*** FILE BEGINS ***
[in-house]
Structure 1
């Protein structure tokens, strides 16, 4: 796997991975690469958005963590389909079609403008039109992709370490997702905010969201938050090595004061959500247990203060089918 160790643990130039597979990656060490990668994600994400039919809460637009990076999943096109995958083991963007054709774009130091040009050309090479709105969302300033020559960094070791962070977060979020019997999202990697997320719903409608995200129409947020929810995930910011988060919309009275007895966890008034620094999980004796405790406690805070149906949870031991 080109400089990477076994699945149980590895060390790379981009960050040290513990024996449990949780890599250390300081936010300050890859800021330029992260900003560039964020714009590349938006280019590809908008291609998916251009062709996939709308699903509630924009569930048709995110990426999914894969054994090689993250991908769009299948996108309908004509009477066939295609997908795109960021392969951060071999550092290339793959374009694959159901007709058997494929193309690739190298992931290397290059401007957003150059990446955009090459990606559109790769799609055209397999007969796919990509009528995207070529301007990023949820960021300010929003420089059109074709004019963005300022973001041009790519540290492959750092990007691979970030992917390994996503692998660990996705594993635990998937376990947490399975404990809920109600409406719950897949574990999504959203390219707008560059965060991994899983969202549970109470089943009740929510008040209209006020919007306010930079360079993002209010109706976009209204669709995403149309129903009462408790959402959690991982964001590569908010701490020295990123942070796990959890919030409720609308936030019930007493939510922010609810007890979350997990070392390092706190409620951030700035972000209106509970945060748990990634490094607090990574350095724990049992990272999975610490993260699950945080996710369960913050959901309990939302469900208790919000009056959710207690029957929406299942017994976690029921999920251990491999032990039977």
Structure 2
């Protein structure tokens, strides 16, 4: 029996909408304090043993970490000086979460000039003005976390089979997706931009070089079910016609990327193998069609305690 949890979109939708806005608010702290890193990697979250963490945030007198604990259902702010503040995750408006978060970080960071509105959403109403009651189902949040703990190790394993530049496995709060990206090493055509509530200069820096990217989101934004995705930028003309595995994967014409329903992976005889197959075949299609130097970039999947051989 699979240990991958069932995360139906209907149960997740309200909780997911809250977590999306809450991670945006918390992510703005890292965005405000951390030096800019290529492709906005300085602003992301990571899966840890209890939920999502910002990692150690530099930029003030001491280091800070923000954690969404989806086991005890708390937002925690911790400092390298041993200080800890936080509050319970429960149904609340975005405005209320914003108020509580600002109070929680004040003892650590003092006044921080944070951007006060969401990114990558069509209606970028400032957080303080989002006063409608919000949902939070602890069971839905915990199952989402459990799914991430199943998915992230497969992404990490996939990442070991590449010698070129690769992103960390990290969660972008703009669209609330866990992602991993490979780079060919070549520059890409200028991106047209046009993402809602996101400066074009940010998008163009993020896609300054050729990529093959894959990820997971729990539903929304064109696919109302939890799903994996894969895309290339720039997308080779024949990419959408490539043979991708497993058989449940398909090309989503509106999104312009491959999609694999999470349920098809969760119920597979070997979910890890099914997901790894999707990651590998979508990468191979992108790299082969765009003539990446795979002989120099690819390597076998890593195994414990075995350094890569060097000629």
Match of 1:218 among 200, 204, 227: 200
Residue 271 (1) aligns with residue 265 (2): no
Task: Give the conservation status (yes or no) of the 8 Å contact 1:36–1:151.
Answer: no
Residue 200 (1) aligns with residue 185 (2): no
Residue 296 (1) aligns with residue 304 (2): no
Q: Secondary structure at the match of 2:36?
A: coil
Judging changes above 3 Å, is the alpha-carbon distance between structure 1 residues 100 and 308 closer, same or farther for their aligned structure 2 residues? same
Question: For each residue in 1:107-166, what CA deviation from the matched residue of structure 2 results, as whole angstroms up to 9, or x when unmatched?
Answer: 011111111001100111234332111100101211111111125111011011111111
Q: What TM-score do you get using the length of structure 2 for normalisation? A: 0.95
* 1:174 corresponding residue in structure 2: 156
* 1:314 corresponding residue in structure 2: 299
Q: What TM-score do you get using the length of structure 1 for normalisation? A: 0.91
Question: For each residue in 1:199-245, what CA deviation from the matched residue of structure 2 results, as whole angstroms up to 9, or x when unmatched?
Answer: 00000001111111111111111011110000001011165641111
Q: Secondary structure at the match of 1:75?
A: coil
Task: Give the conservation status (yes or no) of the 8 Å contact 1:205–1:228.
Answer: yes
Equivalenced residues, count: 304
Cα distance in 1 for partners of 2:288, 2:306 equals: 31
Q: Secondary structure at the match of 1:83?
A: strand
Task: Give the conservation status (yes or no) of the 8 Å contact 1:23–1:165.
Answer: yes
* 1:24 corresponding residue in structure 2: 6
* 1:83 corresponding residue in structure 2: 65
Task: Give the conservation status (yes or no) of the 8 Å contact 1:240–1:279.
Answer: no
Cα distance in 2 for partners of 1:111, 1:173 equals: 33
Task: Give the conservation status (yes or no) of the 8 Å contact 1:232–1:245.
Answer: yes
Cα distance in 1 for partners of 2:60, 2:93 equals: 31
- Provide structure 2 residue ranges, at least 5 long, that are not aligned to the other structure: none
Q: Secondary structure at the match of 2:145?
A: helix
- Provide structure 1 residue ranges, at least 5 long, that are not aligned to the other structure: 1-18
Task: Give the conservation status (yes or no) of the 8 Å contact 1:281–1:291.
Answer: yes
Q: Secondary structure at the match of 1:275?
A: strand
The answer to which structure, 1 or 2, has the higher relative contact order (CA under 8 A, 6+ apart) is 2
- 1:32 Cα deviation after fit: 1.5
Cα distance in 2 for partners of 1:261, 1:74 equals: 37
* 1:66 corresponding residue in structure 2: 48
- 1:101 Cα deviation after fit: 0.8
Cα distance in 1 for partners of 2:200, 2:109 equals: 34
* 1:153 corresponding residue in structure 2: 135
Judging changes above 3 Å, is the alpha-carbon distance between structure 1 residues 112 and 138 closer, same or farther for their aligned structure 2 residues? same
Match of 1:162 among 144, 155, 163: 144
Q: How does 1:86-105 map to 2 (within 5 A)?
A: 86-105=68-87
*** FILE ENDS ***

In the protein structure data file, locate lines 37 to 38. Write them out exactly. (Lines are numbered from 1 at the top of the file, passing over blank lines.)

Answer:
Cα distance in 2 for partners of 1:111, 1:173 equals: 33
Task: Give the conservation status (yes or no) of the 8 Å contact 1:232–1:245.